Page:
Friday, May 27, 2011

Week 9: Santo contra el estrangulador (Santo vs. The Strangler, 1963)

(The copy of this I viewed was taken from a VHS recording, and that's where the screen caps come from, hence the poorer quality.)

              So we've reached week nine. Santo was rolling pretty strong there for a couple weeks, and so was I. Then we hit this dud. Honestly, I'm finding myself hard pressed to come up with anything to write about. El Estrangulador isn't really much of a movie. Clocking in at 79 minutes, its hard to even qualify it as a feature length movie. 

"everyone says he's got Santo eyes"

         Santo finds himself hunting down a Phantom of the Opera wannabe at the Variety Theatre. This dickwad likes to haunt a crappy theatre where other wannabes pretend to be Mexican pop stars and sing hits they didn't write or even compose. Imagine if the Phantom of the Opera liked hanging out on the Lawrence Welk show and occasionally murdering performers. That's how exciting this movie is. 

      Actually, its during one of these variety shows that our non-wrestling lead, whose name I couldn't be bothered getting, does a rendition of 16 Tons, in English. It's strangely arranged and performed, and comes off as somewhat Kubrickian in nature. It's just about the only interesting flare of film making the movie has. 

The Kubrickian rendition of "16 tons"

            So what is this villain's motivation, you ask! Well, its not really made clear, beyond him killing the lead female performers at the variety theatre. It seems to be how he gets his jollies for the most part. A convoluted explanation towards the end explains him away as a former magician who was horribly scarred during his act at the variety, and now takes revenge on women who had absolutely nothing to do with it. What I found odd, was that this Santo movie chose to never really give us a perspective from the Strangler. There are some vague hints to him here and there. We might see him making a phone call or something, but unlike the previous entries, he's left to be mostly an enigma until the film's climax. After a number of films where the villains are at least as strongly developed as Santo and his pals, this one felt jarring and under cooked. 

The Strangler in drag.

          Of course the film's worst choice is its decision to give Santo a kid sidekick. I don't know about you, but I always hate it when a character has a kid sidekick. It's always intended to appeal to younger fans, and it always backfires. The kid is always some obnoxious, grating shitbird-in-training. Santo's is no exception. His name is Milton, and he is horror & madness.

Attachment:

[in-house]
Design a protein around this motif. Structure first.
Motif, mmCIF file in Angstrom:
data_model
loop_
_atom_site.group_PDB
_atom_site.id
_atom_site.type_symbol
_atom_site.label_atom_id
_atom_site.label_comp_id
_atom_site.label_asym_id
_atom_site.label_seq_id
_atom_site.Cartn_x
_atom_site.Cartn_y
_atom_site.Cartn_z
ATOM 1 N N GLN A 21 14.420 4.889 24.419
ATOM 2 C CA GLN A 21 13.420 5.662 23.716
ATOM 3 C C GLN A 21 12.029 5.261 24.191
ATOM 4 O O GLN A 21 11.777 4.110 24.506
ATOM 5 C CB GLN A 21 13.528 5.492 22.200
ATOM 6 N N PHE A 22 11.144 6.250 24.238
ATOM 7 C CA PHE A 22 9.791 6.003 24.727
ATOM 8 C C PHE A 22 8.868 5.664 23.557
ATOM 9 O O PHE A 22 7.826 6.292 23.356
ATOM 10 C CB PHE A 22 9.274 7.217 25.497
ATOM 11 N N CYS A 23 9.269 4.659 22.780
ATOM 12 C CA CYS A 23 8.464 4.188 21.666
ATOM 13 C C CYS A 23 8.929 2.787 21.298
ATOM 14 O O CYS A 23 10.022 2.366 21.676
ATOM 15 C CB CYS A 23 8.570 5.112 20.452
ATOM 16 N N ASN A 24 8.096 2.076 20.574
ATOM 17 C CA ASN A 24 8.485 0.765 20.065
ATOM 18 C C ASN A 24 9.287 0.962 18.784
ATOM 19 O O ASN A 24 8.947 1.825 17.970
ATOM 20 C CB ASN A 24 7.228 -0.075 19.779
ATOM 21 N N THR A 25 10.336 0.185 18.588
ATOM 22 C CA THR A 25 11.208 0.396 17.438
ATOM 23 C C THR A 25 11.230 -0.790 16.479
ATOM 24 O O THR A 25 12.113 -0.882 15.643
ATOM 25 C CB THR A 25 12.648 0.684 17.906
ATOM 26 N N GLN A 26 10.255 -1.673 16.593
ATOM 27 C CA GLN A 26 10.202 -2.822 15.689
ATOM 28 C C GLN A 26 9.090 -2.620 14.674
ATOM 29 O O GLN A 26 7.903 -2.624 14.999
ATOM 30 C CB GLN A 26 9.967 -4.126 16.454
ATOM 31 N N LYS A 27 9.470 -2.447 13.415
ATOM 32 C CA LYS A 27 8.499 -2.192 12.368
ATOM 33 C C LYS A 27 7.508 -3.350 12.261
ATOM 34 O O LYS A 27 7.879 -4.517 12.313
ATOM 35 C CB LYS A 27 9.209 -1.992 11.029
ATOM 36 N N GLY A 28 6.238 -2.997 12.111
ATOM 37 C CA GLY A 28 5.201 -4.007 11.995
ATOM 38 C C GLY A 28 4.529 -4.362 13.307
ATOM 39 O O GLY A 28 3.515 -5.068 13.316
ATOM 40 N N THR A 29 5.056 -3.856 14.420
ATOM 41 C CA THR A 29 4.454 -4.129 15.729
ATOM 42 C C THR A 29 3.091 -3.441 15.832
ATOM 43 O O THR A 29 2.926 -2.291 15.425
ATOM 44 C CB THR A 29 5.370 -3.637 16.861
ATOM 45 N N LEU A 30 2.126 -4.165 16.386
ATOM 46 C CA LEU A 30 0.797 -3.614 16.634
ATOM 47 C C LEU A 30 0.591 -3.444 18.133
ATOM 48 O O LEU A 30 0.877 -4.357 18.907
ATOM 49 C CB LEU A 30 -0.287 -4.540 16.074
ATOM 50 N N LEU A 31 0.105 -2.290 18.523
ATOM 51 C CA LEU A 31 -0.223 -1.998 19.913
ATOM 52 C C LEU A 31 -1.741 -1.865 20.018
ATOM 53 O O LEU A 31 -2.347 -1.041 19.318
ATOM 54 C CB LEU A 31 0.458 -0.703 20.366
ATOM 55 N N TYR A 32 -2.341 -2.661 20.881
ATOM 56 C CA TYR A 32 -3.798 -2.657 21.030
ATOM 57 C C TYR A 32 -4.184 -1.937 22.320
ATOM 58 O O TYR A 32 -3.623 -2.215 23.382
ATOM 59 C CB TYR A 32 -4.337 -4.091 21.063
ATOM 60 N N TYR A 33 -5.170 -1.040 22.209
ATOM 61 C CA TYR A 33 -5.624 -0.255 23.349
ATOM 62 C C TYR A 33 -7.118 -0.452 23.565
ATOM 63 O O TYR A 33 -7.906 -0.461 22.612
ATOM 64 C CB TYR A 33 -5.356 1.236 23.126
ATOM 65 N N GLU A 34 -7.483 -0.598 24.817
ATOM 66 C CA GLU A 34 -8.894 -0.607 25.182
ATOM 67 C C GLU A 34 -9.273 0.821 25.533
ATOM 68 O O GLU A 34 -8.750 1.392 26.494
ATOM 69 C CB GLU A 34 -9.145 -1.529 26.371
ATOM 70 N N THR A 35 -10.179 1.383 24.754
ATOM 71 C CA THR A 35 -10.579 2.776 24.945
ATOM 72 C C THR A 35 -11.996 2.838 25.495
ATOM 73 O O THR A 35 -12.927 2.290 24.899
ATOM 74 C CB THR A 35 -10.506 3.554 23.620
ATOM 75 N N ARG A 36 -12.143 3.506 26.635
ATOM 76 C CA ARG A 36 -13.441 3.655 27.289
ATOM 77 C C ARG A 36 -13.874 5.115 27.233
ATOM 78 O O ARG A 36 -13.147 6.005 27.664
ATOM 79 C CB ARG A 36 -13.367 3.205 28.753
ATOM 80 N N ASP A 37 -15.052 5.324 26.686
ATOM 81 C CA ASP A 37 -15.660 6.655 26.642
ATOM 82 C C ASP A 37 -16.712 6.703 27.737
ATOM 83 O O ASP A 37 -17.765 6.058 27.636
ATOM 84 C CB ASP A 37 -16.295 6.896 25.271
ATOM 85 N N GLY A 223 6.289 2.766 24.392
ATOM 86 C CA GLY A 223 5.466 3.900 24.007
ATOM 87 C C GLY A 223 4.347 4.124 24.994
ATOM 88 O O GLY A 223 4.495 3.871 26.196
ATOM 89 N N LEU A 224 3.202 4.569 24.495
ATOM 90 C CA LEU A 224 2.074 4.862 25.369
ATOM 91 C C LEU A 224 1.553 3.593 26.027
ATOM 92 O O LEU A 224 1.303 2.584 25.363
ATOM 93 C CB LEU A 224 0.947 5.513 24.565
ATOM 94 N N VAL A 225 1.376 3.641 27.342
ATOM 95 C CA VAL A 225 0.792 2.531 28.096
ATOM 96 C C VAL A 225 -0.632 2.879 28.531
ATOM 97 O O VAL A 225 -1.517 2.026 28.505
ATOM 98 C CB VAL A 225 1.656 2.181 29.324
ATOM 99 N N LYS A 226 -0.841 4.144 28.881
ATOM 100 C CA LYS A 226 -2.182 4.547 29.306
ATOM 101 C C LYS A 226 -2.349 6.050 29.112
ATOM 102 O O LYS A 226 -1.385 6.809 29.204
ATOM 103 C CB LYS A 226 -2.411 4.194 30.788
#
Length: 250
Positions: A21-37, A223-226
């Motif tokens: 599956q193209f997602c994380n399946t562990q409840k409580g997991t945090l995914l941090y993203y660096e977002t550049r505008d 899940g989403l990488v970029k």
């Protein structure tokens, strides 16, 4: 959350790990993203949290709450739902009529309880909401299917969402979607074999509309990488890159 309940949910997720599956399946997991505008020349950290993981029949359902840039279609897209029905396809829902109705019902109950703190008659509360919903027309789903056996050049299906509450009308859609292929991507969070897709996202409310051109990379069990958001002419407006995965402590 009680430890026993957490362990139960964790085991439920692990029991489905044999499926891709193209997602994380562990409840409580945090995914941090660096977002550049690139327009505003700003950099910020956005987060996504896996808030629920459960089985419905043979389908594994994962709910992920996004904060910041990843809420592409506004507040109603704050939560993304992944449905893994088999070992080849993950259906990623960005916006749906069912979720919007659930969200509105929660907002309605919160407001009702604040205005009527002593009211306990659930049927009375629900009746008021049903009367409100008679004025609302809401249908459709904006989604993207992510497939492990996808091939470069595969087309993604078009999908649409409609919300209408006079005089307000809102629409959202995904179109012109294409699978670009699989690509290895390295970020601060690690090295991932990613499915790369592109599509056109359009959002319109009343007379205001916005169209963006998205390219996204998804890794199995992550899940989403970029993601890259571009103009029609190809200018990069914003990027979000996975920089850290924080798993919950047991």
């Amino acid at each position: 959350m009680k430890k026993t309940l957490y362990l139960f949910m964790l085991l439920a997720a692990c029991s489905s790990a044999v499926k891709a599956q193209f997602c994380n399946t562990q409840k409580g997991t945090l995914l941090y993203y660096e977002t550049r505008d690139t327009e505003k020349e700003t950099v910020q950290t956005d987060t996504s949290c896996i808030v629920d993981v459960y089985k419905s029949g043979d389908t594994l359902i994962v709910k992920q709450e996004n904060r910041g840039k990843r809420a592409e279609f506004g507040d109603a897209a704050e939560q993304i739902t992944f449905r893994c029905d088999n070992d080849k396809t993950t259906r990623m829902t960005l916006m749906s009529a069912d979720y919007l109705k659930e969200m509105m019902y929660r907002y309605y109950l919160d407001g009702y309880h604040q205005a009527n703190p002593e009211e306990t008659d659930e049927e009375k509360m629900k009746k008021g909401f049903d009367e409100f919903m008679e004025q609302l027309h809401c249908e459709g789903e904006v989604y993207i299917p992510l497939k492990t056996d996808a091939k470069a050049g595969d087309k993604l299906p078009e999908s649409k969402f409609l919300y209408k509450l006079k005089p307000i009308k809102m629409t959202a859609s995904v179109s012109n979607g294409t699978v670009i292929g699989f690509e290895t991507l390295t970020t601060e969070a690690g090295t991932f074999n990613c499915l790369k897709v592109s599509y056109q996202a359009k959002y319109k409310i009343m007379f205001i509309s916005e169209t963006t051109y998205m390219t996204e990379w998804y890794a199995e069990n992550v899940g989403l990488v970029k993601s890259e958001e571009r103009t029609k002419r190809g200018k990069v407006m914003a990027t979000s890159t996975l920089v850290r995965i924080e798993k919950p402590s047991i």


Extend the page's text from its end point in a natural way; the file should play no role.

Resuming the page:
Milton's intro...

       Milton is introduced as a kid orphan who stows away in Santo's convertible after one of his wrestling matches. He's decided that Santo is going to be his new dad, and since Milton won't give up the name and location of his orphanage origin, (even though Santo could probably beat it out of him) Santo just goes along with this for the duration of the movie. What is Milton's big contribution as a sidekick you ask? Well, he can kinda sing. He demonstrates this by singing a truly horrid rendition of Blame it on the bossanova. 

Jerry "Red Herring" Muscles

            El Estrangulador is one of the weakest entries in this series in some time, and possibly ever. It's boring and poorly plotted out. There are some subplots introduced, but they're so half assed that they're not even really worth mentioning, let alone examining. The similarities to the Phantom of the Opera are far too on the nose to be ignored or viewed as cute. It's just lazy. The next film is a direct sequel, where Santo fights the Stranglers ghost (SPOILER), so maybe these were intended to be a matinee double bill, hence the laziness in the storytelling. Even if that's the case, its still not an excuse. 


One silver mask out of a possible Five. 

Fun Fact: Lawrence Welk dabbled in professional wrestling during a stint in Mexico. It's unclear if he and Santo ever crossed paths. 

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